Dunlap had a near equivalent to Benny B’s. It was known as the Blue Note. The Boyd Brothers reigned supreme with their brand of live music in the Blue Note, but Joe D preferred a slower, less loud music venue for hunting valley sissies.


He claimed the closer you got to Pikeville, the tougher the ‘sissy whoopin' seemed to get. Joe D preferred the morning after bologna and coffee in the Sequatchie County jail over the slammer in Bledsoe County. He claimed that when the sheriff ‘up that way’ got bored, or crime fighting stalled and the sheriff had some extra time on his hands, or the crowded clientele in the Bledsoe County slammer got too rowdy, the sheriff was prone to “Whoop a little @#$” in his spare time. Just for the pure sport of it.


One fateful day the big boss showed up at daylight. His first name was Story. He wanted volunteers for a spray crew on Bakewell Mountain. Six paid days a week, daylight to dark. Volunteers would be paid even when the wind blew. Joe D raised my hand and his and we were transported immediately to that mountain.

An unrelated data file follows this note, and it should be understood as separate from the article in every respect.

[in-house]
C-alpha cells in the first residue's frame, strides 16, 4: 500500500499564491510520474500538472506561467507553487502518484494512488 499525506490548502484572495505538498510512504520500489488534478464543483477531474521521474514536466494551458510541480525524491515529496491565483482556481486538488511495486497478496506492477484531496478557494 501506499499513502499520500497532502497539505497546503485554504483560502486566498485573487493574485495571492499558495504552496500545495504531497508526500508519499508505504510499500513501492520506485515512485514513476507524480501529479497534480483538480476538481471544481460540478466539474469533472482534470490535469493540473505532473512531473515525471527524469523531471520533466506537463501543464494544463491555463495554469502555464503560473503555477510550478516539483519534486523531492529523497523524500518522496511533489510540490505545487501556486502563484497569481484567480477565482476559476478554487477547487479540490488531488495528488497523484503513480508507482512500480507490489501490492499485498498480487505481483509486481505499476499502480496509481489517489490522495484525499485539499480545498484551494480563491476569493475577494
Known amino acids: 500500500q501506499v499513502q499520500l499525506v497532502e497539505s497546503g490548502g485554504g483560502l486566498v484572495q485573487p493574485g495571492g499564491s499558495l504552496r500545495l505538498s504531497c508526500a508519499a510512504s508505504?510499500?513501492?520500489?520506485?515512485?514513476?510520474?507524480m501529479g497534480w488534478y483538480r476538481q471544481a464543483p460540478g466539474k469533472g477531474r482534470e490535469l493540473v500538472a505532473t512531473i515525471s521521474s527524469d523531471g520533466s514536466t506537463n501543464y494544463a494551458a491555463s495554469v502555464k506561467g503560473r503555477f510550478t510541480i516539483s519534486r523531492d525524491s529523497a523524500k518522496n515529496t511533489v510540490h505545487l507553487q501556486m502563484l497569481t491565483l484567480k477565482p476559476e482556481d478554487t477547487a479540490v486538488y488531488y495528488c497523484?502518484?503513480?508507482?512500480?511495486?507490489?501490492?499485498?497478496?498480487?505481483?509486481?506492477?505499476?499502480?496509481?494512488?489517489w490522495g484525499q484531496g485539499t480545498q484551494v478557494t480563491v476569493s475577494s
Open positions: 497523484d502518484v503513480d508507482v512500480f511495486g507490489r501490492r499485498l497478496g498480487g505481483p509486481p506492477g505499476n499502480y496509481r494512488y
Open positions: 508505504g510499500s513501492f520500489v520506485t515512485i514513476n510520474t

A D-10 cat had slashed blade wide paths through a huge stand of mature hardwoods slated for death from above. We were issued a hardhat, an eight foot helium filled ballon, tethered to a kite reel holding hundreds of feet of small rope. Then we were instructed to run as fast as we could possibly go down that rough slash in the timber and let our ballon ascend to the tops of the forest. A helicopter pilot would line up on the series of eight to ten two man balloon crews and bomb us all with Agent Orange.  Before the prop wash could tangle the balloon in the high branches, we would frantically crank the balloon back down and run like deer to the next spot, forty to fifty yards down the rutted trail, and repeat the ballon launch for another bathing of Agent Orange.